Some Drinking Tips From Sir PG Wodehouse
Messrs Stephen Fry and Hugh Laurie as Jeeves and Bertie Wooster in Jeeves And Wooster, 1992. Photograph by ITV/REX Shutterstock
Whether its a stiff highball or mint julep – or an even stiffer moonshine – raise a toast to the man behind Jeeves and Wooster .
Dazzlingly flippant, brilliantly funny and incredibly prolific, Sir PG Wodehouse was one of the greatest comic writers of his time. In fact, it’s arguable that the effervescent quality of his farcical novels and short stories (the most well-known of which feature upperclass twit Bertie Wooster and his long-suffering butler Jeeves), have yet to be matched since his passing in 1975. (This was just six weeks after he was granted a knighthood – until then the establishment had clearly deemed him just a shade too silly to be called “Sir”.) Today, dipping into Sir PG’s writing is to be taken back to an almost fantastical, and decidedly ridiculous vision of the high life in the 1920s and 1930s, full of flagrant bad behaviour, awful scrapes and, naturally, plenty of over-indulgence when it comes to alcohol. In new book Highballs For Breakfast, author Mr Richard T Kelly uses Sir PG’s expertise on the topic of drink as a lens through which to cast an eye through his wide oeuvre, offering an often-hilarious overview via extracts from more than 30 of his novels and stories, including the entirety of “My Battle With Drink”, a comic piece Sir PG wrote for Vanity Fair in 1915. The resulting volume, as Mr Kelly puts it in his introduction, is “a collection by one of the funniest writers who ever wrote, on one of the greatest subjects known to man or woman,” which is about as clear a recommendation you can get, in MR PORTER’s opinion. In the below excerpts from the book, which is out 10 November, Mr Kelly delivers a few key pointers on how to enjoy a tipple like a true Wodehouse-ian hero.
MIX YOUR DRINKS STIFFISH
As the careful reader has known since the 1916 story “Jeeves And The Unbidden Guest”, Jeeves always brings Bertie a “nightly whisky-and-soda”. That classic combination of any spirit-and-soda that Americans dubbed a “highball” is a recurrent tipple in Sir PG Wodehouse and especially dear to Bertie, who – as we learn in The Inimitable Jeeves – has exacting requirements for the measures involved:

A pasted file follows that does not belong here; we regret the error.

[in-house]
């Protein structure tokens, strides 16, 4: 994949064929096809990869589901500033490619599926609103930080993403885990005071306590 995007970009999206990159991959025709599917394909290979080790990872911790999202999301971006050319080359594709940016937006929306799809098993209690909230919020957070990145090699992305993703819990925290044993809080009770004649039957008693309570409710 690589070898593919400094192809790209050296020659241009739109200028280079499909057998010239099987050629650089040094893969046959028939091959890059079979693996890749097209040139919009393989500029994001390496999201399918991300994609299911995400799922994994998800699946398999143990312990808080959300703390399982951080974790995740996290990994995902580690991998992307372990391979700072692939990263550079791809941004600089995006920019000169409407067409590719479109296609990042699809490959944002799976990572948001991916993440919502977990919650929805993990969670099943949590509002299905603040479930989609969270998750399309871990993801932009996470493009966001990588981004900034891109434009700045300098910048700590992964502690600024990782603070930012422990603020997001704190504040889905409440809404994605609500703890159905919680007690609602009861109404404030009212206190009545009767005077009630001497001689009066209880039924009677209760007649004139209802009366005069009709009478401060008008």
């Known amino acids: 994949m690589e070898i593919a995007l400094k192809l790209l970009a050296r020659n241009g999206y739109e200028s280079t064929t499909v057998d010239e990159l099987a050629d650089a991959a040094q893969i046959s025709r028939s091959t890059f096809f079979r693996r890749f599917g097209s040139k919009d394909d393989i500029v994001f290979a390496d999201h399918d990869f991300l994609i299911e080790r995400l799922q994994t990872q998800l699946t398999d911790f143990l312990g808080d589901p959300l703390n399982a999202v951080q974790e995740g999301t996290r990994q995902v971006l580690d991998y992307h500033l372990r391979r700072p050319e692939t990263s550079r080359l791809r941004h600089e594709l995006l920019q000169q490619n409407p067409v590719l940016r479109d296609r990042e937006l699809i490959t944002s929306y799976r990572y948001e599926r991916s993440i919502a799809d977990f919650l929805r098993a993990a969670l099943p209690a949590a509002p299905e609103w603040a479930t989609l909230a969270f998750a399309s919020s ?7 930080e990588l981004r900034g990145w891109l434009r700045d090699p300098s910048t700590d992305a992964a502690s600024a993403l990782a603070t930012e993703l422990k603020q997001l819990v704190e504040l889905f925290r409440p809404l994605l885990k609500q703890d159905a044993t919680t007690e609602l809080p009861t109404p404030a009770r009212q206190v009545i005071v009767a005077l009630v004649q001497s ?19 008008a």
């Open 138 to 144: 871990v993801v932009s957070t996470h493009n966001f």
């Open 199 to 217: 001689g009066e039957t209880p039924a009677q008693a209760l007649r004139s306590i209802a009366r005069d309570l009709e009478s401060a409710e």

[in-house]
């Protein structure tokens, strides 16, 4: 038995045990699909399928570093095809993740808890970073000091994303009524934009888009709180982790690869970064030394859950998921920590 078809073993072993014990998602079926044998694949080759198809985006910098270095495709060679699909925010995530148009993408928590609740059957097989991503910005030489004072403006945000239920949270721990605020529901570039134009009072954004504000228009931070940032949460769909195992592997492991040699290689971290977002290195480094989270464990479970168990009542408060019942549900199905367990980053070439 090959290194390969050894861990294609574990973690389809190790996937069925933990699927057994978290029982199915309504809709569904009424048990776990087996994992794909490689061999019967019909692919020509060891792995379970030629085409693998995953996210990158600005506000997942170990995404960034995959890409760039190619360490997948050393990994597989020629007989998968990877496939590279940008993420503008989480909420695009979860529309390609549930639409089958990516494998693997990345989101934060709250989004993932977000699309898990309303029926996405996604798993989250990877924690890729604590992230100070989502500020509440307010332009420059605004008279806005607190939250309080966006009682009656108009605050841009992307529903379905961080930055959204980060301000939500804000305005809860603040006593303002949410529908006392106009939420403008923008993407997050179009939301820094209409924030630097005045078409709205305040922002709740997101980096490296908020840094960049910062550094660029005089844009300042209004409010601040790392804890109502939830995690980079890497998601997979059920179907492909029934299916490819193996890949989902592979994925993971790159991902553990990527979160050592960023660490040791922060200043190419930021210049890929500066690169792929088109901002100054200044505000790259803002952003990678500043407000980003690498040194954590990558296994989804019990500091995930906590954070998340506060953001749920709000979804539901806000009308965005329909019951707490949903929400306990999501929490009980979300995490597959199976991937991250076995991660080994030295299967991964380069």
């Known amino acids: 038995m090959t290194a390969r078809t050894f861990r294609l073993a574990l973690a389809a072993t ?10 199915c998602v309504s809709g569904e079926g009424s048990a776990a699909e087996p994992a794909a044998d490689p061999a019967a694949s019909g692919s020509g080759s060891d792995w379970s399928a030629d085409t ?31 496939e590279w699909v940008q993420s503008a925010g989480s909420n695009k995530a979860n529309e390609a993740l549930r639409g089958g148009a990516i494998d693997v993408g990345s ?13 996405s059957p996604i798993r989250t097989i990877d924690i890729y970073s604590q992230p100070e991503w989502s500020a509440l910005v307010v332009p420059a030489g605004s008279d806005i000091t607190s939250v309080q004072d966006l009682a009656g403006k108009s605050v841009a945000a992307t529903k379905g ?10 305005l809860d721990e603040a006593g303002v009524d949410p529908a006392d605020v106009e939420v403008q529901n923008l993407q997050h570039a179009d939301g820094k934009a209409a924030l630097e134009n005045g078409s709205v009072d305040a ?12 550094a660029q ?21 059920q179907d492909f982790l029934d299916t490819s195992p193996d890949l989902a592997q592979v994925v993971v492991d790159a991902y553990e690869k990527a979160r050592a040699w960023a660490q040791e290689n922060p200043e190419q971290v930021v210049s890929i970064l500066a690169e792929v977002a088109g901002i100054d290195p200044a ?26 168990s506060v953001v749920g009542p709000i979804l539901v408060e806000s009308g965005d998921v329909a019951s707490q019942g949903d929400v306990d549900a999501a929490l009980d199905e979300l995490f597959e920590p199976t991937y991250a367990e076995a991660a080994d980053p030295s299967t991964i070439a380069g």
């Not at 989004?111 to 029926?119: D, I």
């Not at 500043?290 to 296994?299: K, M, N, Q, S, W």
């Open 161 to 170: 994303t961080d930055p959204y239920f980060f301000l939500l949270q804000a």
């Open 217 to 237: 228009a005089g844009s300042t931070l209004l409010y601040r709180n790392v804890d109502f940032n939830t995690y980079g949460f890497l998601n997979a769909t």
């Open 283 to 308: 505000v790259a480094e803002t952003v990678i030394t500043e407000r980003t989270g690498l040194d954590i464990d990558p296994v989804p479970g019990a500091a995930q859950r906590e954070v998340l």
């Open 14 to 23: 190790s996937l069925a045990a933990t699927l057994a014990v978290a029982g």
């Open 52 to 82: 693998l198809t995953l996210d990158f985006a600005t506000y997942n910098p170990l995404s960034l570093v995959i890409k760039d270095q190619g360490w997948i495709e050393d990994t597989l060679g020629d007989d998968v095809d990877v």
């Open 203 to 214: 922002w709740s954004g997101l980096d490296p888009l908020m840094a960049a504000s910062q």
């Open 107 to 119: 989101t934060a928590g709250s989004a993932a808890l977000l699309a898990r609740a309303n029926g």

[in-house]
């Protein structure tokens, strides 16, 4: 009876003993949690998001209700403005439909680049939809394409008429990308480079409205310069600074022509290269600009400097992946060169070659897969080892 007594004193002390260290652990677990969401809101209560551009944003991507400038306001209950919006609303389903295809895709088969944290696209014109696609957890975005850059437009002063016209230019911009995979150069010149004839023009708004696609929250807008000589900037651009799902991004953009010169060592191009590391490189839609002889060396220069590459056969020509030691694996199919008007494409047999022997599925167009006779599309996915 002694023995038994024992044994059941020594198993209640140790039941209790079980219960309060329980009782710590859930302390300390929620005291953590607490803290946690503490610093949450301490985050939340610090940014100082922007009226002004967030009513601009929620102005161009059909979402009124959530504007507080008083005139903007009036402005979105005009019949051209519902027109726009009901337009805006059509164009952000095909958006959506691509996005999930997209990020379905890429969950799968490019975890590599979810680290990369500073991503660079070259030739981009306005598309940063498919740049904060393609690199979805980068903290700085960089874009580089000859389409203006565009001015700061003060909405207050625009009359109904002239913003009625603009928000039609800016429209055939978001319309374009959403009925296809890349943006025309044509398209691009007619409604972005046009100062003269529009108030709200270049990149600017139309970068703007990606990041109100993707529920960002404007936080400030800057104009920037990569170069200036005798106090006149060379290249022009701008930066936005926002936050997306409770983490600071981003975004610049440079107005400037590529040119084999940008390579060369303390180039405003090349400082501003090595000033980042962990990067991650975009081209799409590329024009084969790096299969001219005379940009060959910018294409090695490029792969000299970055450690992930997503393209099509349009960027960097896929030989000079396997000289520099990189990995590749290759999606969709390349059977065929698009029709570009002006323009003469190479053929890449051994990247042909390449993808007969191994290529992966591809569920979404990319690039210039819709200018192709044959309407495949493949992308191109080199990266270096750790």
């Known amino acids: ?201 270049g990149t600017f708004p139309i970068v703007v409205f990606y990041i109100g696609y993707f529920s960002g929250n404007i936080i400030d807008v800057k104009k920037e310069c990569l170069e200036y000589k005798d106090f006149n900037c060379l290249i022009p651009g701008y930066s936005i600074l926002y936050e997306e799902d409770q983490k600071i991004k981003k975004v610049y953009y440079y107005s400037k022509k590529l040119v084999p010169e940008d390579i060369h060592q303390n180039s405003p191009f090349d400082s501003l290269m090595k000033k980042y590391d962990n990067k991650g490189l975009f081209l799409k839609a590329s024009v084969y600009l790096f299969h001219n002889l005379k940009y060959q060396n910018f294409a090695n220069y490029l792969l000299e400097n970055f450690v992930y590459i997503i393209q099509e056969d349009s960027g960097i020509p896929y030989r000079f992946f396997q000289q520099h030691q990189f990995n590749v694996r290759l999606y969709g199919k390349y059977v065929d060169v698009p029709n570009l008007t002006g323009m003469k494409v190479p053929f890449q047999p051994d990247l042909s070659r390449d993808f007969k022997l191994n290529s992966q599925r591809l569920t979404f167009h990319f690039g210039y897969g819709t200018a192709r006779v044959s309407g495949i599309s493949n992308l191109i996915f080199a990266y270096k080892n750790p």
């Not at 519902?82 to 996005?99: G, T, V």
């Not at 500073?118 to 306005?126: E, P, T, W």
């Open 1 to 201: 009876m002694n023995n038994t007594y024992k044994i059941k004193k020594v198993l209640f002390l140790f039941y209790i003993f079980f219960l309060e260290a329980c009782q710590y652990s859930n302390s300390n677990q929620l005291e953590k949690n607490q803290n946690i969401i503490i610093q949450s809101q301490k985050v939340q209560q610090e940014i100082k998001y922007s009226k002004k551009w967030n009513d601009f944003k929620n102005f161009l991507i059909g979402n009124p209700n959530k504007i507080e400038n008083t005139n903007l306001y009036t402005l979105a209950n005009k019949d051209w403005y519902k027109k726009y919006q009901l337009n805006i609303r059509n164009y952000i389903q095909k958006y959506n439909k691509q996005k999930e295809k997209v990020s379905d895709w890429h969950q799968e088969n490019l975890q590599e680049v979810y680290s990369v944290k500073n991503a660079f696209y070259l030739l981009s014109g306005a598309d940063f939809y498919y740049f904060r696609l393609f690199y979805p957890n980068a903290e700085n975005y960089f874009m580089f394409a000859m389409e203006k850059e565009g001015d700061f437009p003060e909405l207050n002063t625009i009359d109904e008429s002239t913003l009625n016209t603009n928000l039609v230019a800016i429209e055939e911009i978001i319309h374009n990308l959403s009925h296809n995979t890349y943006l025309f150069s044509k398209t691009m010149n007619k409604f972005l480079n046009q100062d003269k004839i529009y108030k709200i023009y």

“I say, Jeeves,” I said.
“Mix me a stiffish brandy and soda.”
“Stiffish, Jeeves. Not too much soda, but splash the brandy about a bit.”
TRY A MINT JULEP
In Sir PG Wodehouse, people are very often coming over all misty-eyed about the merits of particular cocktail recipes. In Summer Lightning, even Galahad Threepwood, a fairly confirmed highball man, is found remeniscing fondly to his brother Clarence’s butler Beach about the pleasures of the mint julep:
“Have you ever tasted a mint julep, Beach?”
“Not to my recollection, sir.”
“Oh, you’d remember all right if you had. Insidious things. They creep up on you like a baby sister and slide their little hands into yours and the next thing you know the judge is telling you to pay the clerk of the court fifty dollars…”
JUST KNOCK BACK WHAT YOU’RE GIVEN
In the story called “Fate” from Young Men In Spats (1936), Freddie Widgeon finds himself in scrapes just because of his willingness to help out struggling ladies – a gallantry that nonetheless costs him points with his fiancée. One such attempted kindness leads to his sitting in the apartment of a young woman in a pink negligee, and accepting from her a glass of the kind of lethal one-pot spirit that the people of the Appalachian mountains called “moonshine” and which the Irish know as “poteen”.
“Have a drink,” said the female.
This seemed to old Freddie by miles the best suggestion yet. He sank into a chair and let his tongue hang out. And presenty a brimming glass stole into his hand, and he quaffed deeply.
“That’s some stuff I brought away from home,” said the female.
“From where?” said Freddie.
“But isn’t this your home?”
“Well, it is now. But I used to live in Utica. Mr Silvers made this stuff. About the only good thing he ever did. Mister Silvers, I mean.”
He quaffed again. The foundation of the beverage manufactured by Mr Silvers seemed to be neat vitriol, but, once you had got used to the top of your head going up and down like the lid of a kettle with boiling water in it, the effects were far from unpleasant. Mr Silvers may not have had ideals, but he unquestionably knew what to do when you handed him a still and a potato.
Highballs For Breakfast: The Very Best Of PG Wodehouse On The Joys Of A Good Stiff Drink (Hutchinson), compiled and edited by Mr Richard T Kelly, is published 10 November